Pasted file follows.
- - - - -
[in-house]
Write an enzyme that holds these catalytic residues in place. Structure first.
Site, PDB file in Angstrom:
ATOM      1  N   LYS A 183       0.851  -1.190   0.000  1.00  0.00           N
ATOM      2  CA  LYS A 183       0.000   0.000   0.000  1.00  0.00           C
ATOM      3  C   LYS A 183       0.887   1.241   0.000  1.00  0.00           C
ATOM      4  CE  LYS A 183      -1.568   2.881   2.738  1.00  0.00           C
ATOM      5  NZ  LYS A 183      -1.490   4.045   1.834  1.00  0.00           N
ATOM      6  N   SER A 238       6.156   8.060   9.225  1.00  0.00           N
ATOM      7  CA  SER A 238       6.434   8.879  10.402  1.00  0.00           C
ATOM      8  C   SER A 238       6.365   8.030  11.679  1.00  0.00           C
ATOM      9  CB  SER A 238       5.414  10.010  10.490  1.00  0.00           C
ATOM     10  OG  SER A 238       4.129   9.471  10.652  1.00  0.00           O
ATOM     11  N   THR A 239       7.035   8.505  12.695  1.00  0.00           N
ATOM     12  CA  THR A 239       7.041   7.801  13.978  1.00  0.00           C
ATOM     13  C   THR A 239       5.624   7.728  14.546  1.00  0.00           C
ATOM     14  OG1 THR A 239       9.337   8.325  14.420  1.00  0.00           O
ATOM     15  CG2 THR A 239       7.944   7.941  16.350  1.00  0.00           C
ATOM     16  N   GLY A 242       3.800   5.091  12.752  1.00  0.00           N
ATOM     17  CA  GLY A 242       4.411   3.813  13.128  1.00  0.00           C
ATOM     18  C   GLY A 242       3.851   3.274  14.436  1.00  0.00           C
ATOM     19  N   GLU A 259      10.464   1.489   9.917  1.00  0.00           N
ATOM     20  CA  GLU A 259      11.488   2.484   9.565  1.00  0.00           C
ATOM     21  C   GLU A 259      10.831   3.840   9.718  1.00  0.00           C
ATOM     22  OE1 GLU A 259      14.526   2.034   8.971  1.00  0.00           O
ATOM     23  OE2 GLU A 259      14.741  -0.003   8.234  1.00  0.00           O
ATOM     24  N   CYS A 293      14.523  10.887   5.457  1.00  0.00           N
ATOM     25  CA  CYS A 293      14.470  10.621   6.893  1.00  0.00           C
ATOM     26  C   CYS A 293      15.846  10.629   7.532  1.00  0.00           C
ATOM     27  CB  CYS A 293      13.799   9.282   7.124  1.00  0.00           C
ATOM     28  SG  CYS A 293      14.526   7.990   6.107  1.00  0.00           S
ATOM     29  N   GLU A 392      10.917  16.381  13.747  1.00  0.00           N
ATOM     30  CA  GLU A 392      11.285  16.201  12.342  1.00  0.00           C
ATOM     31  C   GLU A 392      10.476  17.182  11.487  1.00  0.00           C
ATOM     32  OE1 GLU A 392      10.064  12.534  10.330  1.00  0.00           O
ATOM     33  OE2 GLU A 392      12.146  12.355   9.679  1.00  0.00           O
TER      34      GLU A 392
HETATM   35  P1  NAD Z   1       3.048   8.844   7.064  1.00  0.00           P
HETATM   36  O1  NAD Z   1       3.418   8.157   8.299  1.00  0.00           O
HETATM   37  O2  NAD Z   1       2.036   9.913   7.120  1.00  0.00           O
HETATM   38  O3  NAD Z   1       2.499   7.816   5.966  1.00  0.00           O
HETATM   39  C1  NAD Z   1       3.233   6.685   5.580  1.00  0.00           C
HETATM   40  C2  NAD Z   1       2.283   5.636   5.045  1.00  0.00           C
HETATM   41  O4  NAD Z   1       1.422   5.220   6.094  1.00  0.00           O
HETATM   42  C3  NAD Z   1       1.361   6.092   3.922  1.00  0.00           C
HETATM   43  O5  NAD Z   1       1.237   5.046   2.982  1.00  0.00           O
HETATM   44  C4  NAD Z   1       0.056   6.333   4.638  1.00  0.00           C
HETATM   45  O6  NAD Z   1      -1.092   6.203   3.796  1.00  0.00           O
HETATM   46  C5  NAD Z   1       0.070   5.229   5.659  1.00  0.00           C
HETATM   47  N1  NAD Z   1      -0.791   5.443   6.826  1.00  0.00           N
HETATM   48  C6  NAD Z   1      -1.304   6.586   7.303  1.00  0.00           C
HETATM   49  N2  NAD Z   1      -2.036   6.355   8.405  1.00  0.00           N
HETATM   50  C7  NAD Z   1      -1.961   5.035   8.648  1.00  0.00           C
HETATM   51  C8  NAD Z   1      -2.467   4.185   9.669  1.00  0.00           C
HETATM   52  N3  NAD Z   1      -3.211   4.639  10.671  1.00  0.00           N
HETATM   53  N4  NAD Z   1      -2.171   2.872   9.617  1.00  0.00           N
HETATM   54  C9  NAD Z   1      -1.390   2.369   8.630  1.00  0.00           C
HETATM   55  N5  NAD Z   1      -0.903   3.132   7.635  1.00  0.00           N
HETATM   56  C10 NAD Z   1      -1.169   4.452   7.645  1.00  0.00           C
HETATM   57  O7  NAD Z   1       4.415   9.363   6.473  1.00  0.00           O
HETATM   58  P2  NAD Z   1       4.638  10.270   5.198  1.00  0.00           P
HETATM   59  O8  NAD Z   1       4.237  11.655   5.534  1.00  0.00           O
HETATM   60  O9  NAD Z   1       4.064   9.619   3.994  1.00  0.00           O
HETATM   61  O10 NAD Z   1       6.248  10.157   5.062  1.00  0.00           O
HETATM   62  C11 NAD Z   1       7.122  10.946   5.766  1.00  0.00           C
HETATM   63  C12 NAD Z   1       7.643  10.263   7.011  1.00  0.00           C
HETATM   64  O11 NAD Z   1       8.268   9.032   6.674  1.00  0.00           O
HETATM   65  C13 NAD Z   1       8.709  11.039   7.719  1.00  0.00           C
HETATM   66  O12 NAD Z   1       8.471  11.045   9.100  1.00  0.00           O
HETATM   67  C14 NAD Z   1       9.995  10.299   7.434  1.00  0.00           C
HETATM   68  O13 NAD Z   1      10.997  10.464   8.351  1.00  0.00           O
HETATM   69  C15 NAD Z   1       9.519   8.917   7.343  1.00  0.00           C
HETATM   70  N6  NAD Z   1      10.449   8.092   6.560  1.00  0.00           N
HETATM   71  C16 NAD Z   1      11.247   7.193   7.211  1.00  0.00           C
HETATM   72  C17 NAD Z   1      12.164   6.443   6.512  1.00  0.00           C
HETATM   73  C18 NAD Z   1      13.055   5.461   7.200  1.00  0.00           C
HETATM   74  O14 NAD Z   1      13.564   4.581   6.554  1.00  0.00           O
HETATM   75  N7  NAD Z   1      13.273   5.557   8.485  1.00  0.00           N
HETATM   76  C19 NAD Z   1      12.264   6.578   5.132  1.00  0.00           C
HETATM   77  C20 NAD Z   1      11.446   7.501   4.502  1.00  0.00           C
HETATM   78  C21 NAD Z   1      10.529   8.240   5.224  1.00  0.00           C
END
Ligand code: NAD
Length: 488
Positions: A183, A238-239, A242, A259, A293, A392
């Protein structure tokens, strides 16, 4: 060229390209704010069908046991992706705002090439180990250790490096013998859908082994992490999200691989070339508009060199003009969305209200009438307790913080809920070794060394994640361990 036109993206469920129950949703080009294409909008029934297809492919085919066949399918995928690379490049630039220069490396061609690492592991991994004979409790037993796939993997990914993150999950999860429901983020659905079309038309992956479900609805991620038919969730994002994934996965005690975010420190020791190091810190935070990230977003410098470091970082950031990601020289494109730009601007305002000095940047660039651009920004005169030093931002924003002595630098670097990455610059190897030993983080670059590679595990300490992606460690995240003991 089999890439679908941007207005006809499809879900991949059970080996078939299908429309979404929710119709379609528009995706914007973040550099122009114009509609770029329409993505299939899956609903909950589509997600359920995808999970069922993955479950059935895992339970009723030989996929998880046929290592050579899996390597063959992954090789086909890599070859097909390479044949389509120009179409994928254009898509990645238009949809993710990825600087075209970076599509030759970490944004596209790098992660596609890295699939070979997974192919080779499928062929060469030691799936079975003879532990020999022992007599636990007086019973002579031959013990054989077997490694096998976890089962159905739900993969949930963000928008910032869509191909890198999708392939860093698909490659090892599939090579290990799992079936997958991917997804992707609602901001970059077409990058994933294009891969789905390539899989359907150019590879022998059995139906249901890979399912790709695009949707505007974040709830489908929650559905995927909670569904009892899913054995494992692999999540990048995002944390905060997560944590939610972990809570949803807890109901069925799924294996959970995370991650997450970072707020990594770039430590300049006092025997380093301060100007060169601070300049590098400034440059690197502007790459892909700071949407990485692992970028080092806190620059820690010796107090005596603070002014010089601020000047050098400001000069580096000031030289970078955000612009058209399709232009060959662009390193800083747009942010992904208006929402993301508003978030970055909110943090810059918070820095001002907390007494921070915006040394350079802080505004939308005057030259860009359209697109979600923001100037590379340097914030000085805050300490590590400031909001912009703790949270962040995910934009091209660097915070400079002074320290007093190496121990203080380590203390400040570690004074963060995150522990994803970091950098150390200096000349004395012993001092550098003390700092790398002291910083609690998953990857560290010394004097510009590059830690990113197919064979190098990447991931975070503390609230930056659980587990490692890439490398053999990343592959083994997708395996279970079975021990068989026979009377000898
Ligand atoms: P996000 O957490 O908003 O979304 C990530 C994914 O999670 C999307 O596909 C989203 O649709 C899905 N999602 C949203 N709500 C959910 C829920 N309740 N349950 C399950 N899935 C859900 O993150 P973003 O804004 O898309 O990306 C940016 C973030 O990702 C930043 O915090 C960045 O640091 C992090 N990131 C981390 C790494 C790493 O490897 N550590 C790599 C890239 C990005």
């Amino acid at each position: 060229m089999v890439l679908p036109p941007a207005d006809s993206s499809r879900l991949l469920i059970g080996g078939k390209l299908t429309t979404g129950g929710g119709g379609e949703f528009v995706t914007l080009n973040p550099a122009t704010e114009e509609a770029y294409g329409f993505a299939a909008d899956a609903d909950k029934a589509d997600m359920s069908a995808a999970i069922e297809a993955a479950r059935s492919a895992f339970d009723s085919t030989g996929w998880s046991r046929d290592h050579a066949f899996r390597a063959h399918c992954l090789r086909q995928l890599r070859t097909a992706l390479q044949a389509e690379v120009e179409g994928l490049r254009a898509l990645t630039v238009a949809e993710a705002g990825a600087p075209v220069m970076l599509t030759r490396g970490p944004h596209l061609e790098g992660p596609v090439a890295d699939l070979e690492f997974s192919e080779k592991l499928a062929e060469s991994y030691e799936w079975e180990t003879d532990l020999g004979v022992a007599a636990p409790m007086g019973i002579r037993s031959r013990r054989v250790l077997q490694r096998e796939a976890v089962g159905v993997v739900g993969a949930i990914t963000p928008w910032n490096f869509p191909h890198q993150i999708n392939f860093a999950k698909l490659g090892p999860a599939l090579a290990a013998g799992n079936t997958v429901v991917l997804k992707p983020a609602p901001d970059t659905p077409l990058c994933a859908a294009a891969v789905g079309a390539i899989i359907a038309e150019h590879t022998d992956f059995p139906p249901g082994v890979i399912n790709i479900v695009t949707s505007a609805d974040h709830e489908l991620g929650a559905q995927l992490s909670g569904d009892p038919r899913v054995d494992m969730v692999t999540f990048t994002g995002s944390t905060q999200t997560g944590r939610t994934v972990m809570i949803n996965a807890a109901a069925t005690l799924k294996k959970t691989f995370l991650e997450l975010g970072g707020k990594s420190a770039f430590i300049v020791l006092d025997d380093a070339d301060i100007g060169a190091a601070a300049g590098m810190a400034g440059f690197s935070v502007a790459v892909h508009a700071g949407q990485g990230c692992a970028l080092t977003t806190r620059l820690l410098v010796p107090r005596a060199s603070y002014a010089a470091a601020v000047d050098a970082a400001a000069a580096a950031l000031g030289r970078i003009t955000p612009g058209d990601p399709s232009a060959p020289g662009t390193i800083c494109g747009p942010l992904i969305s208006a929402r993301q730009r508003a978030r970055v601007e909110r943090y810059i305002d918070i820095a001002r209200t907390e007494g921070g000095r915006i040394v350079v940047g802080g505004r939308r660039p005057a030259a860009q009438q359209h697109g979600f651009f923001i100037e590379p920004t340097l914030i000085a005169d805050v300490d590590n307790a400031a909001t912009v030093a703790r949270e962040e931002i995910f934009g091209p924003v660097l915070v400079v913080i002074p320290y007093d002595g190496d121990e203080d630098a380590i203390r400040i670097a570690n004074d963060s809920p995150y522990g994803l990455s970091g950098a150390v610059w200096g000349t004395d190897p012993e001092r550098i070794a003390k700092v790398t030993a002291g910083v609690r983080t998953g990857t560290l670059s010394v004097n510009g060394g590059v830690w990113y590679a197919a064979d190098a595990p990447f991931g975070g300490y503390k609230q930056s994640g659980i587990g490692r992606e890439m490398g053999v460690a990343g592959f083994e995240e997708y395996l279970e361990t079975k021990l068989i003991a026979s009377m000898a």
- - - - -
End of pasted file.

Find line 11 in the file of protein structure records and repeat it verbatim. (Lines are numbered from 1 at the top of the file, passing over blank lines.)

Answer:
ATOM      8  C   SER A 238       6.365   8.030  11.679  1.00  0.00           C